A new report released by AIA New Zealand finds that Kiwi financial advisers increasingly face work burnout and deteriorating mental wellbeing.
Conducted by researchers Dr Adam Fraser and Dr John Molineux for AIA NZ, the study shows that one in five advisers are seeking or have sought medical care for stress, with 15 percent reporting that their doctor has advised them that they are in a high-risk category for heart disease or stroke.
Sam Tremethick, AIA NZ’s Chief Partnership Insurance Officer, says that AIA NZ undertook the research to better understand how operating in a global pandemic, increasing industry regulation, and changing client needs are impacting the adviser industry.
“Financial advisers largely fly under the radar as a sector. They work under difficult circumstances and have challenging roles. So we felt it was important that we better understand how the industry is faring on the whole and identify ways they can be better supported.”
Results found that a quarter of advisers are considering leaving their job due to stress, and a quarter also intend to take stress leave. Furthermore, two in five advisers believe this stress is impacting their ability to get adequate sleep.
Looking at specific pressure points, more than 60 percent of advisers who responded to questions about key sources of stress said the newly introduced government regulation was highly to very highly stressful, 42 percent said work overload was highly to very highly stressful, and 37 percent said meeting future education standards was highly to very highly stressful.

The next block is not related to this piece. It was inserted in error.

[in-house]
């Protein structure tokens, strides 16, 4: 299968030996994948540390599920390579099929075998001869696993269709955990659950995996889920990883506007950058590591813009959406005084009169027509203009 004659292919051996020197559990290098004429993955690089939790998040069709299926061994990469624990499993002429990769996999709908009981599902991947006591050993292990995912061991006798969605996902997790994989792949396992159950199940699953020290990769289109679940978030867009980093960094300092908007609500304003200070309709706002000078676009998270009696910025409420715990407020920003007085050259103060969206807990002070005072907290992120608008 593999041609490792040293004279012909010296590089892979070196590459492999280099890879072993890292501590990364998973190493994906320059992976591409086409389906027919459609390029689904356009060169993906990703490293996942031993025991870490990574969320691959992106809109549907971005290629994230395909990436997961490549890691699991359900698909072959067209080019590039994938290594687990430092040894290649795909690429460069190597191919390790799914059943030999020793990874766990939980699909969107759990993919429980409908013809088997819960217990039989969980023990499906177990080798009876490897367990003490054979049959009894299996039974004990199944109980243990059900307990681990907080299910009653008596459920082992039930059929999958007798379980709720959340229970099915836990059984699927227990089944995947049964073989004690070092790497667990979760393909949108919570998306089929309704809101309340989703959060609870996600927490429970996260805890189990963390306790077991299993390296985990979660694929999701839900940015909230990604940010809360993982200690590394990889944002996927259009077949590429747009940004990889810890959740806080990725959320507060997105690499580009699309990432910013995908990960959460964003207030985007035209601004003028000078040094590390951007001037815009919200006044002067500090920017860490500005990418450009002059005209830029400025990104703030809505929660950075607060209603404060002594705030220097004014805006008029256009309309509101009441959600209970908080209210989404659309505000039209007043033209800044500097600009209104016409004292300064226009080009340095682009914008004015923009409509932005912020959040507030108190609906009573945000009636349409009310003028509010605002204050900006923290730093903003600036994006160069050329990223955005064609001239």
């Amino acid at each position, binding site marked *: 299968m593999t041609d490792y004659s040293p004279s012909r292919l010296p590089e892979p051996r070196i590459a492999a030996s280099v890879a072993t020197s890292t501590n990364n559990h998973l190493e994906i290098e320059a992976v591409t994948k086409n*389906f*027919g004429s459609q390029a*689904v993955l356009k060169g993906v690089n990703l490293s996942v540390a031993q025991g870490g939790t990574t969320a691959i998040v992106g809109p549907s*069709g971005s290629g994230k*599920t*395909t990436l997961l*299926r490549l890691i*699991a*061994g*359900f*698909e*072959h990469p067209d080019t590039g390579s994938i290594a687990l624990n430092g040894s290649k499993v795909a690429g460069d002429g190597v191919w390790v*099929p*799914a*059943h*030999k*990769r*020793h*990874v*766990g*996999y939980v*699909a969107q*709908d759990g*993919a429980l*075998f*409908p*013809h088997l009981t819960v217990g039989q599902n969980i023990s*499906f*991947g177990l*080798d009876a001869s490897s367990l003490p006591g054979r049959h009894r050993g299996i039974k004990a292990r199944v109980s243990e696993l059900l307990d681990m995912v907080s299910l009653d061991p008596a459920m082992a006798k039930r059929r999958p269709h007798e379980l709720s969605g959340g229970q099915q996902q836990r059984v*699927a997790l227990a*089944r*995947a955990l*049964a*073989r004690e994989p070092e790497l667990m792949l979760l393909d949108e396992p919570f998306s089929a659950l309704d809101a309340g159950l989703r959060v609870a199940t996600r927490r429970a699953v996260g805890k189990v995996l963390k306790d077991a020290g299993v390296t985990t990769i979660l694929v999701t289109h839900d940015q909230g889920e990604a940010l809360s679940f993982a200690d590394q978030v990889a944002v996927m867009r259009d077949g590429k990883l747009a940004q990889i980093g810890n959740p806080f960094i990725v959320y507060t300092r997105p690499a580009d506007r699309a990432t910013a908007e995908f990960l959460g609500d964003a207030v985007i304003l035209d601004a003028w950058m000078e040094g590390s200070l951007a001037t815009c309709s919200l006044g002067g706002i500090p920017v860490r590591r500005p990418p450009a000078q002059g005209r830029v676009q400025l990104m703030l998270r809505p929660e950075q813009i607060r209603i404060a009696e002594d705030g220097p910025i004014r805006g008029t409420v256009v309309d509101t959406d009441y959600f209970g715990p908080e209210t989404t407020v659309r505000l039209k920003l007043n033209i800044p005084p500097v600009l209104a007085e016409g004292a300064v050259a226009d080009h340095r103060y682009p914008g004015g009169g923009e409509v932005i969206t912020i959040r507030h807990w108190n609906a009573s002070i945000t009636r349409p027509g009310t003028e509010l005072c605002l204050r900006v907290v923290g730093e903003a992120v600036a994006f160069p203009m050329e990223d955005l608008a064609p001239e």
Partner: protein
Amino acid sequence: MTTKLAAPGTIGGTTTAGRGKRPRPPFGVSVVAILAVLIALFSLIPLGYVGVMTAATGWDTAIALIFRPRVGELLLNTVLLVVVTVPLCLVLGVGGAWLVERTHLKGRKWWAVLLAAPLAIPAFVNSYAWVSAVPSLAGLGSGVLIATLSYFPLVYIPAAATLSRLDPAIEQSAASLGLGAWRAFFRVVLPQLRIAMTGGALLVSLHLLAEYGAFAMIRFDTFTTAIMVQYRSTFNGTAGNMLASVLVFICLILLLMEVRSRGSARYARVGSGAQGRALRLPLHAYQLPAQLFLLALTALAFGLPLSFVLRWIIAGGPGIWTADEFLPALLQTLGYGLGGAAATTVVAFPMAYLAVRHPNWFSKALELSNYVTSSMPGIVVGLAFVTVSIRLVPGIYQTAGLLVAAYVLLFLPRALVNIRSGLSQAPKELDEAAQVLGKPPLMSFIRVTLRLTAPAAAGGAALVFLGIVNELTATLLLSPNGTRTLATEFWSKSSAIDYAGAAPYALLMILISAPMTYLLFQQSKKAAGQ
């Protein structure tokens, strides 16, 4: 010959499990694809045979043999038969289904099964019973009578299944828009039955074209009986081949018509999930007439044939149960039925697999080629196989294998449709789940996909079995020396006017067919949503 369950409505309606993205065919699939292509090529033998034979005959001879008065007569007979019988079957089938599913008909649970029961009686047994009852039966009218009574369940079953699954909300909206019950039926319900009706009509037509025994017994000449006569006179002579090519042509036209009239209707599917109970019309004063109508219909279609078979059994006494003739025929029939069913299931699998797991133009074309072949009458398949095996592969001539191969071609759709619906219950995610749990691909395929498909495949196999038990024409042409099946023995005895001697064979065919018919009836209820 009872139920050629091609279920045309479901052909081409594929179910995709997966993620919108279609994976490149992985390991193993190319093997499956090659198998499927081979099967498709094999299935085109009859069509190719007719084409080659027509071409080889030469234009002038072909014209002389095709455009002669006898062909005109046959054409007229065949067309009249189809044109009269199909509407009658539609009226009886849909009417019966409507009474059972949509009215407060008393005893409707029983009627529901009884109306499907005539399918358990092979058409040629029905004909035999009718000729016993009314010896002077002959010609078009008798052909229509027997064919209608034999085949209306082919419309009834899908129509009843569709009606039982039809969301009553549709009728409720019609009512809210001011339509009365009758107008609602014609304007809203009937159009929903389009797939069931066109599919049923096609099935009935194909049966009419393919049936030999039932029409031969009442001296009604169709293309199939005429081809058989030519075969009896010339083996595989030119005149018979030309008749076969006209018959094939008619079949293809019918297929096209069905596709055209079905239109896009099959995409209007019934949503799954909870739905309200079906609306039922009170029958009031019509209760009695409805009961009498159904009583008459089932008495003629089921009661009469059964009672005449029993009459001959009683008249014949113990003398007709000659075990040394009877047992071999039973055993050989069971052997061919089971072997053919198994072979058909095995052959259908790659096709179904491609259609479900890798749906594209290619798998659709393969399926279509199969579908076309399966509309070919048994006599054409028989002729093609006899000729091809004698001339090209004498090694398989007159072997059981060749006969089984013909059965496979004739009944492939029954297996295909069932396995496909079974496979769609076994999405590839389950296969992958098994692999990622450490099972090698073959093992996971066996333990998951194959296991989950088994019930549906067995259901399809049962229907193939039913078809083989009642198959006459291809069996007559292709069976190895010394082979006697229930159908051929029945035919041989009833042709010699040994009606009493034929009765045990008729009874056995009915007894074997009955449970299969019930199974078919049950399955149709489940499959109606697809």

The good news is that seven in 10 (67 percent) of advisers surveyed said they are doing a good job in managing work-life balance, and 44 percent of advisers said that they feel their ‘personal time is their own’.
Similar research conducted in 2020 across the financial adviser sector in Australia provides a clear caution of the risks Kiwi advisers face if current industry issues aren’t addressed.
“Many of the NZ advisers said the increase in compliance and regulation had already had a negative impact on them. They were very concerned that New Zealand may follow the lead of Australia, where regulatory demands have led to advisers becoming disengaged and more likely to leave the industry,” continues Tremethick. “However, we appreciate the regulatory environment is very different over the Tasman, and maintain that overall the changes in NZ were a needed step to improve the professionalism of our industry, and support good customer outcomes.”
AIA NZ’s Acting CEO, Sharron Botica, agrees. “Having reviewed the research findings, we believe our role at AIA NZ is to be a catalyst for change by raising the conversation around adviser wellbeing with industry bodies and leaders, and to challenge what we can do to collectively make improvements for the future.
“At AIA we are committed to helping people live Healthier, Longer, Better Lives, with the goal of making New Zealand the healthiest and best protected nation in the world. Aotearoa’s financial advisers and their businesses are an important part of this. For a business to be able to deliver meaningful impact, it must be in good shape. And for a business to be in good shape, its people need to be in good shape.”
AIA has committed to looking at their own practices for ways to improve and offer additional support to advisers. Plans include extending AIA NZ's Best Doctor’s offering to all advisers that have a relationship with us. Best Doctors provides the option of securing a second medical opinion on any medical diagnosis, as well as access to a range of medical experts including those specialised in mental health. The company will also host a number of wellness-focussed sessions for advisers throughout the year, and make further enhancements to the current AIA Vitality programme offering for mental wellbeing.
“For us, it's about guiding and supporting each other to think differently about the health of ourselves and our businesses so we can make a greater difference for our clients, our business, our own wellbeing, and our communities,” concludes Botica.
The study contains recommendations for the industry and individual advisers on ways to improve and better support wellbeing outcomes. Please click here for the detailed report and AIA insights.